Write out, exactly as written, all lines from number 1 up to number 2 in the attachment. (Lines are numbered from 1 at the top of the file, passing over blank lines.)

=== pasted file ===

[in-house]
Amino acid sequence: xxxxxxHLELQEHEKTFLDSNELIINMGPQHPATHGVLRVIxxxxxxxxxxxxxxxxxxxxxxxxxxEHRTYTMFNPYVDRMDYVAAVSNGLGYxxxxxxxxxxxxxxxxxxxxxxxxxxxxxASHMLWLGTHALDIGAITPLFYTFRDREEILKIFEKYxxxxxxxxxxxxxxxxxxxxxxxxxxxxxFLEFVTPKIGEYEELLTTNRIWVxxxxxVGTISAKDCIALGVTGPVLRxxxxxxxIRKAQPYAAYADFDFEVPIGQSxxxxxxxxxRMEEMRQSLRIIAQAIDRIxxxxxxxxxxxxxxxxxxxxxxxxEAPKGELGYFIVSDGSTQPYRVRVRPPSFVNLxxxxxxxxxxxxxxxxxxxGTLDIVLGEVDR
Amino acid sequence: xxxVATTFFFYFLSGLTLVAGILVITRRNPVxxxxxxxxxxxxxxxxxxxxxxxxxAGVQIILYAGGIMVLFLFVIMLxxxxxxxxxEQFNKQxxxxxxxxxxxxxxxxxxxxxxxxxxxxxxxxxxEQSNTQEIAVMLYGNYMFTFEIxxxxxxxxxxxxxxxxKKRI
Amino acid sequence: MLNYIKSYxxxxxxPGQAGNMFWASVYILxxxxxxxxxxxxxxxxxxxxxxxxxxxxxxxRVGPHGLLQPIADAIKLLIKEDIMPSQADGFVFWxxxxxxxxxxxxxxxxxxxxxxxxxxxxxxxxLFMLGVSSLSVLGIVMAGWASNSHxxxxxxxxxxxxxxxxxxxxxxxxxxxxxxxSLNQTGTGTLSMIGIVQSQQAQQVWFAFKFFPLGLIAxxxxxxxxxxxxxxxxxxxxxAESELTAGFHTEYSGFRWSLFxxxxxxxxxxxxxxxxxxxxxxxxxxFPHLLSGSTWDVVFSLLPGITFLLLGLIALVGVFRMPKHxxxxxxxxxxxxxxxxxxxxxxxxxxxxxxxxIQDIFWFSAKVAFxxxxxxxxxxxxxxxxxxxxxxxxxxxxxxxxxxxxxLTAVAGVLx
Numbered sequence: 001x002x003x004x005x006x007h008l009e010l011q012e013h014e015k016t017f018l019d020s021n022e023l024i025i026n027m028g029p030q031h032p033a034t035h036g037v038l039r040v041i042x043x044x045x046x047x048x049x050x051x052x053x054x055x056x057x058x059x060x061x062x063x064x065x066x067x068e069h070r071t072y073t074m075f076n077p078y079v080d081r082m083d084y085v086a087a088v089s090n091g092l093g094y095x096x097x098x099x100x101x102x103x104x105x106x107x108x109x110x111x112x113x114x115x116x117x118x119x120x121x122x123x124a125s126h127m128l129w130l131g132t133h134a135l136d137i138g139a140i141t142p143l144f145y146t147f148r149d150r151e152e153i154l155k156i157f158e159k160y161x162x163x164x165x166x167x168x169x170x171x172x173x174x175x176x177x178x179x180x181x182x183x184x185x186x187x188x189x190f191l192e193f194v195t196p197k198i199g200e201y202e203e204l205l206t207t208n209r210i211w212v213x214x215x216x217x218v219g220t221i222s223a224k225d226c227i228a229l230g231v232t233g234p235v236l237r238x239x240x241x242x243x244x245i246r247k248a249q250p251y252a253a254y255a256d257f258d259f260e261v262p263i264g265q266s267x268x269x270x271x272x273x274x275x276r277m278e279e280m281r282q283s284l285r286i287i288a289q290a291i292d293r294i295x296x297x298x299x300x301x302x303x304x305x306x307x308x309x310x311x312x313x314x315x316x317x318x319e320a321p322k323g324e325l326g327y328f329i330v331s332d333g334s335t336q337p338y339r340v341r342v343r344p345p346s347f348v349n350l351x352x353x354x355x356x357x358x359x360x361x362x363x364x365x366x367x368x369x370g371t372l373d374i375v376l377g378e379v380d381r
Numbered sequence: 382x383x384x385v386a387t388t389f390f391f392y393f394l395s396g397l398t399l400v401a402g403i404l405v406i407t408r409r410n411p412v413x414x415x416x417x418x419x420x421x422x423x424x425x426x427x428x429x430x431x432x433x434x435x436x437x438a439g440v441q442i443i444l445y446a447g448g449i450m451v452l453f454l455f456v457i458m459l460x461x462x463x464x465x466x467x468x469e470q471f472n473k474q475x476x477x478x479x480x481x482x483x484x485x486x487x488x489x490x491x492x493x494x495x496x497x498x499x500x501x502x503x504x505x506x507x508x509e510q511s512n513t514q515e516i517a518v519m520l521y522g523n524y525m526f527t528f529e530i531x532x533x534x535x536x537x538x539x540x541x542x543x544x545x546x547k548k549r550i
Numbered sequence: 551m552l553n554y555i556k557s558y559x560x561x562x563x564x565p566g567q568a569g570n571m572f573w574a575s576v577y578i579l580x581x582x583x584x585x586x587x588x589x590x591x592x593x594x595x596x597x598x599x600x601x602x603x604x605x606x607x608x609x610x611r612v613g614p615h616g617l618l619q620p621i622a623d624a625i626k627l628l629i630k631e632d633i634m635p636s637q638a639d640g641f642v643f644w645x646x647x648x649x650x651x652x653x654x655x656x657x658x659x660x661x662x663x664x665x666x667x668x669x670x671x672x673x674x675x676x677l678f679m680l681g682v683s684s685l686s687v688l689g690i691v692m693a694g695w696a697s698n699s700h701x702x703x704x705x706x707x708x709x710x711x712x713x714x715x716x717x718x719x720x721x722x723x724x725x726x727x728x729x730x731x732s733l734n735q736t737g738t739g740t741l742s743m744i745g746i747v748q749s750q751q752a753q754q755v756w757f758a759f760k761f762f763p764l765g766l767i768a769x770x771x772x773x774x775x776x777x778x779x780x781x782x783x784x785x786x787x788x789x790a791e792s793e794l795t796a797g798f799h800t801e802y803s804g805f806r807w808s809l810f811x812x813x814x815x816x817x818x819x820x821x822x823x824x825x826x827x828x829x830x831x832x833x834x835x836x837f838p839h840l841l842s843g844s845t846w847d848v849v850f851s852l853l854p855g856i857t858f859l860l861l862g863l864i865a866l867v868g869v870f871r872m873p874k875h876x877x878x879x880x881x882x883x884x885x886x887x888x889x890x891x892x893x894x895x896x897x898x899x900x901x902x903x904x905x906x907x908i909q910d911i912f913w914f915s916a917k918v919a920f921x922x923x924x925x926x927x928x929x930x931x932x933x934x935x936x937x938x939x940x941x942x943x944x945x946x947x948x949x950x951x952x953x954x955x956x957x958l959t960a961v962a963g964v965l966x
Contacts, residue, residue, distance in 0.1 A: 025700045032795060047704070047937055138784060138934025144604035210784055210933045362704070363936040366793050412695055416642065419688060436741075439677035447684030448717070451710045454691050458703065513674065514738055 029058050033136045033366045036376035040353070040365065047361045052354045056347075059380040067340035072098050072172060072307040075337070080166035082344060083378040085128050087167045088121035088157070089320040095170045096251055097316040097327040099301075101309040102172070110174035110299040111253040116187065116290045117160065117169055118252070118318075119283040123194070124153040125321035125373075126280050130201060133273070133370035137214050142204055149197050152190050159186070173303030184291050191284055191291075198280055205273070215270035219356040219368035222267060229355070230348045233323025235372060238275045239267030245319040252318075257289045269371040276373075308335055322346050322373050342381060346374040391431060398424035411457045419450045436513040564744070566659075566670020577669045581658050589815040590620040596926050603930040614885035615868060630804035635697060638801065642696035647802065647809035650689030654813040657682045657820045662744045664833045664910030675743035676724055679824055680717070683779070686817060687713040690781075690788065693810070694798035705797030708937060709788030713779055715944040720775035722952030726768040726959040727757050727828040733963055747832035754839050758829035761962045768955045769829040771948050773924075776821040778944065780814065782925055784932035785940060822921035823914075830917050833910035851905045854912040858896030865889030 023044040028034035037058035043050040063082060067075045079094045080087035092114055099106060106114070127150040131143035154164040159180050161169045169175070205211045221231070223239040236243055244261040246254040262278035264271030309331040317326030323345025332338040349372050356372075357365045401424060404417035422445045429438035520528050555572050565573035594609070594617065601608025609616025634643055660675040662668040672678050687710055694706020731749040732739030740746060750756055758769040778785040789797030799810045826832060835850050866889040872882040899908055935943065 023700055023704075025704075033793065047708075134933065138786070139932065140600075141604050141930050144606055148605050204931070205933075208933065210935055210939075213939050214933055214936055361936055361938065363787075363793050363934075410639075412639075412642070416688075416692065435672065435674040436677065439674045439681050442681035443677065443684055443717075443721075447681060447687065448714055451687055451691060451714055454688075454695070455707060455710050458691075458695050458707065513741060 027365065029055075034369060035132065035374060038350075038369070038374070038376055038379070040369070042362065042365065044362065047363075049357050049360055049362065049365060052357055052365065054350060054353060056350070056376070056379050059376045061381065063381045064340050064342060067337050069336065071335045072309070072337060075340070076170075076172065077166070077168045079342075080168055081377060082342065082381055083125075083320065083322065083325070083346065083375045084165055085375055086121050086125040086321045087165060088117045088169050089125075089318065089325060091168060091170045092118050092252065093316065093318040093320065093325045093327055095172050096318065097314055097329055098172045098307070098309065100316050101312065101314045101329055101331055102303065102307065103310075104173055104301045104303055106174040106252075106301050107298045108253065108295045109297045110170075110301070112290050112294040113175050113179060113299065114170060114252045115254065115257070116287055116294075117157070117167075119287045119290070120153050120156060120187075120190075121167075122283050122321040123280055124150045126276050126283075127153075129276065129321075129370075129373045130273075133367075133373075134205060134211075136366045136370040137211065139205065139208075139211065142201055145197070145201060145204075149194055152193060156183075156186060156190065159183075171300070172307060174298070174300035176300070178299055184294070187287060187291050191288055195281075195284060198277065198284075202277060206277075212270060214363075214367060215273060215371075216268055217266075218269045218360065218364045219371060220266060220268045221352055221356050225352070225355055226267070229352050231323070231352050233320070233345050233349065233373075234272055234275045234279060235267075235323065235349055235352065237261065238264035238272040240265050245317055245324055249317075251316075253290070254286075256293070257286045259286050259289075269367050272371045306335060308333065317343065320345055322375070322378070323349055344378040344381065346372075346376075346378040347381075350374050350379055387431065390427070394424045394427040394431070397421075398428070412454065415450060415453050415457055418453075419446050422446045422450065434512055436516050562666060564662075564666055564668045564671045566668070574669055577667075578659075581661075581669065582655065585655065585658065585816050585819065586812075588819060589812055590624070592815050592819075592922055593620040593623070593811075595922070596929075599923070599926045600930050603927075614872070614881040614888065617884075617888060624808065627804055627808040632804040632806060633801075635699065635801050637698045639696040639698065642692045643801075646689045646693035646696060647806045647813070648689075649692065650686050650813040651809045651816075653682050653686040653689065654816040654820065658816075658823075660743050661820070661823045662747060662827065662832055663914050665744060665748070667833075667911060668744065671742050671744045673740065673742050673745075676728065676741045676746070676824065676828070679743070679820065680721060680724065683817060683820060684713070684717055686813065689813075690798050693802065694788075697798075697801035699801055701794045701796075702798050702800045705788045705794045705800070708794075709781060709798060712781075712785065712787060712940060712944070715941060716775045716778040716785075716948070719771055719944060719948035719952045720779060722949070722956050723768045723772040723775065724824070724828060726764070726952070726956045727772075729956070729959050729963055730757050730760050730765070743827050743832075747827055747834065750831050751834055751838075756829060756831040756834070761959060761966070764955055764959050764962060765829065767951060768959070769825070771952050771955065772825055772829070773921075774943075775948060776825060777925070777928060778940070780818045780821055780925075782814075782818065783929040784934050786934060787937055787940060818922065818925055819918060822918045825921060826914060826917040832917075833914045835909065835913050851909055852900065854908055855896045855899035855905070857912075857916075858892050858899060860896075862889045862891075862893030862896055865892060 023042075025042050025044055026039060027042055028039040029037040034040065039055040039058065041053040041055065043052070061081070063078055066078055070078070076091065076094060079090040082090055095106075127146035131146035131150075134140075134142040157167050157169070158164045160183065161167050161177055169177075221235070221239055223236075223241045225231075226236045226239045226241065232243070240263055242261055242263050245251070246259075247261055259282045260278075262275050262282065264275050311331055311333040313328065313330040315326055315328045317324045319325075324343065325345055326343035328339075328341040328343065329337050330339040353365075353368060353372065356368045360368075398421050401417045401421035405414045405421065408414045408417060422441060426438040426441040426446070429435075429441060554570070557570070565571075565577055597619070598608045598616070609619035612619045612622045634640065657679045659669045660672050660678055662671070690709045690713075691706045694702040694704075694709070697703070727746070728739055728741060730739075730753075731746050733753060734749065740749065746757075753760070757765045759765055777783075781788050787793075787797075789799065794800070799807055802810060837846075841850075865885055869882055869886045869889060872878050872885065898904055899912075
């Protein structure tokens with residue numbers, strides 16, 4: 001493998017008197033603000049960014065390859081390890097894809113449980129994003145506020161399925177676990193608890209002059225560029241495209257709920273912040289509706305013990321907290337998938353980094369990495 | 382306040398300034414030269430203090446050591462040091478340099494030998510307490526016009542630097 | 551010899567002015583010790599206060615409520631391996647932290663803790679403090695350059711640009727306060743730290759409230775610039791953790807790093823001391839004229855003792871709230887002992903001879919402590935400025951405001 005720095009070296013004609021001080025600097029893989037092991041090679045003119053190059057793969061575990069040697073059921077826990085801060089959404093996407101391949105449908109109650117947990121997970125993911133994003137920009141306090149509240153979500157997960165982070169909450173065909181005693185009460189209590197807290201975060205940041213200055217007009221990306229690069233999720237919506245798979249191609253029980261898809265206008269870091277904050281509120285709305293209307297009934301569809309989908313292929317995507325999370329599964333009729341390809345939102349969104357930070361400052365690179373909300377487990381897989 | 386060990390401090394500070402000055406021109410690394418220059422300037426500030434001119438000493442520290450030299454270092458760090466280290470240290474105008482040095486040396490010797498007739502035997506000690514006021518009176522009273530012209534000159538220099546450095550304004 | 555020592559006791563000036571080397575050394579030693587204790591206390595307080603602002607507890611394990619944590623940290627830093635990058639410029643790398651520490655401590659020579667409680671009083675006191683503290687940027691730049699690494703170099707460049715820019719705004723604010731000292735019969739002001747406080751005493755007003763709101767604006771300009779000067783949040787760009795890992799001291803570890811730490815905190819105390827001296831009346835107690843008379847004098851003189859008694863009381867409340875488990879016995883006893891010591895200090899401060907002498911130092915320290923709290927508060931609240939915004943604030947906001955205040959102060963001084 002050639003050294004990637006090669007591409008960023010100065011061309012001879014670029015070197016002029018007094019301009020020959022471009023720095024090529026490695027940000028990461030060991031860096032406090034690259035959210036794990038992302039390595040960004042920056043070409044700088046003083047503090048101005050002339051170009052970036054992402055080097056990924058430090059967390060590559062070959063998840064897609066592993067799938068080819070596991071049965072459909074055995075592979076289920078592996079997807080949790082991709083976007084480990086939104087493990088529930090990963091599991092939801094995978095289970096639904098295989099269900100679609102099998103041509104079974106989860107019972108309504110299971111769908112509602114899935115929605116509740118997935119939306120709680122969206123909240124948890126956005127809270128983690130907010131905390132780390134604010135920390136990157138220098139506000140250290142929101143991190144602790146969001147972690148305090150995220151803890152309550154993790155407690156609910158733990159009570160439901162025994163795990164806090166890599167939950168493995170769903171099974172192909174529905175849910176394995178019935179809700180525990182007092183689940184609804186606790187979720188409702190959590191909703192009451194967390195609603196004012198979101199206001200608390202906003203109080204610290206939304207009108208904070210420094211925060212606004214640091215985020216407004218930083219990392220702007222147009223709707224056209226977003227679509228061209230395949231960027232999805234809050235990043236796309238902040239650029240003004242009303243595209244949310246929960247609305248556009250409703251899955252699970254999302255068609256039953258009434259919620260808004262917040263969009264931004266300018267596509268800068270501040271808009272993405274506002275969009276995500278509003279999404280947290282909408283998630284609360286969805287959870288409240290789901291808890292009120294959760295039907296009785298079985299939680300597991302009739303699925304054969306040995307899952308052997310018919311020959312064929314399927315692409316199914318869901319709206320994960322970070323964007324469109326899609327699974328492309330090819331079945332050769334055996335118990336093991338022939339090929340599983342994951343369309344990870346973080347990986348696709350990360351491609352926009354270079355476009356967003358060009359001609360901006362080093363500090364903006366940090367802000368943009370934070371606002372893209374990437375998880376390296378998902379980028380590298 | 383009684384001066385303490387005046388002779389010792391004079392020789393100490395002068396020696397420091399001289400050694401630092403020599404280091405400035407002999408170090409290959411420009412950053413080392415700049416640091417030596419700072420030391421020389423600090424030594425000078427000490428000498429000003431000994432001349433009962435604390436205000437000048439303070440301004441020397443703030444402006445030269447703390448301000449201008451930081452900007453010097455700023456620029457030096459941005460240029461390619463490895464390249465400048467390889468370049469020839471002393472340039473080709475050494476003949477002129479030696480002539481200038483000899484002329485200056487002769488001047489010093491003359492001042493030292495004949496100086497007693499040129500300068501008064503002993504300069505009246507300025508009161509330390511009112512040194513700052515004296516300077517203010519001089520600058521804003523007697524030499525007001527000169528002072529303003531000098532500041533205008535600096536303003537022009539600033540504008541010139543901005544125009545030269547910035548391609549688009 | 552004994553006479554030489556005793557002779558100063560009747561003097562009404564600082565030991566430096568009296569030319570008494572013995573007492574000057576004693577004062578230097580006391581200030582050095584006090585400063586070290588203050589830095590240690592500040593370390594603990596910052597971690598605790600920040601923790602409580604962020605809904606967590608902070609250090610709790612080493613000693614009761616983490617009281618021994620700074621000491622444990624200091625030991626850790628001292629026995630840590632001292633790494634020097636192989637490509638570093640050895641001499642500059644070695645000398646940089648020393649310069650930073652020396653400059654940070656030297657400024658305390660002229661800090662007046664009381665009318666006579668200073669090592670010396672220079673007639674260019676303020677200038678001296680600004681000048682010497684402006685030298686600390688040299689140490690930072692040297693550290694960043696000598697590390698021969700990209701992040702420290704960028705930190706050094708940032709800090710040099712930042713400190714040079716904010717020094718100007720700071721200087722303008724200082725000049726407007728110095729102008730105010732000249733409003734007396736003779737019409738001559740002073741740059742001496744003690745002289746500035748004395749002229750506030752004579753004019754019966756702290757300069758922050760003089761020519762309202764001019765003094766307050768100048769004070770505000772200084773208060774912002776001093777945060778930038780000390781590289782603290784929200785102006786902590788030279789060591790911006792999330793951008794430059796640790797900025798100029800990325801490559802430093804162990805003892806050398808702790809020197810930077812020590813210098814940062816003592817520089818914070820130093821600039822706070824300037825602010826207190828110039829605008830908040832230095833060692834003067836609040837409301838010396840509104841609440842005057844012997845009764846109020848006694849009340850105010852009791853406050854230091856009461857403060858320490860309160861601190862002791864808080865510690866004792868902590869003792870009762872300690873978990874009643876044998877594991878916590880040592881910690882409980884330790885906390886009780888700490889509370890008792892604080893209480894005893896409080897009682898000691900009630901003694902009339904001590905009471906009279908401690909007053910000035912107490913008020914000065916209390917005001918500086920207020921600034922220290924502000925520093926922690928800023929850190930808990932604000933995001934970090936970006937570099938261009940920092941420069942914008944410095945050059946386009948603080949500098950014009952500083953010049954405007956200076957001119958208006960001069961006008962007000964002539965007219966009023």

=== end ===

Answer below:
[in-house]
Amino acid sequence: xxxxxxHLELQEHEKTFLDSNELIINMGPQHPATHGVLRVIxxxxxxxxxxxxxxxxxxxxxxxxxxEHRTYTMFNPYVDRMDYVAAVSNGLGYxxxxxxxxxxxxxxxxxxxxxxxxxxxxxASHMLWLGTHALDIGAITPLFYTFRDREEILKIFEKYxxxxxxxxxxxxxxxxxxxxxxxxxxxxxFLEFVTPKIGEYEELLTTNRIWVxxxxxVGTISAKDCIALGVTGPVLRxxxxxxxIRKAQPYAAYADFDFEVPIGQSxxxxxxxxxRMEEMRQSLRIIAQAIDRIxxxxxxxxxxxxxxxxxxxxxxxxEAPKGELGYFIVSDGSTQPYRVRVRPPSFVNLxxxxxxxxxxxxxxxxxxxGTLDIVLGEVDR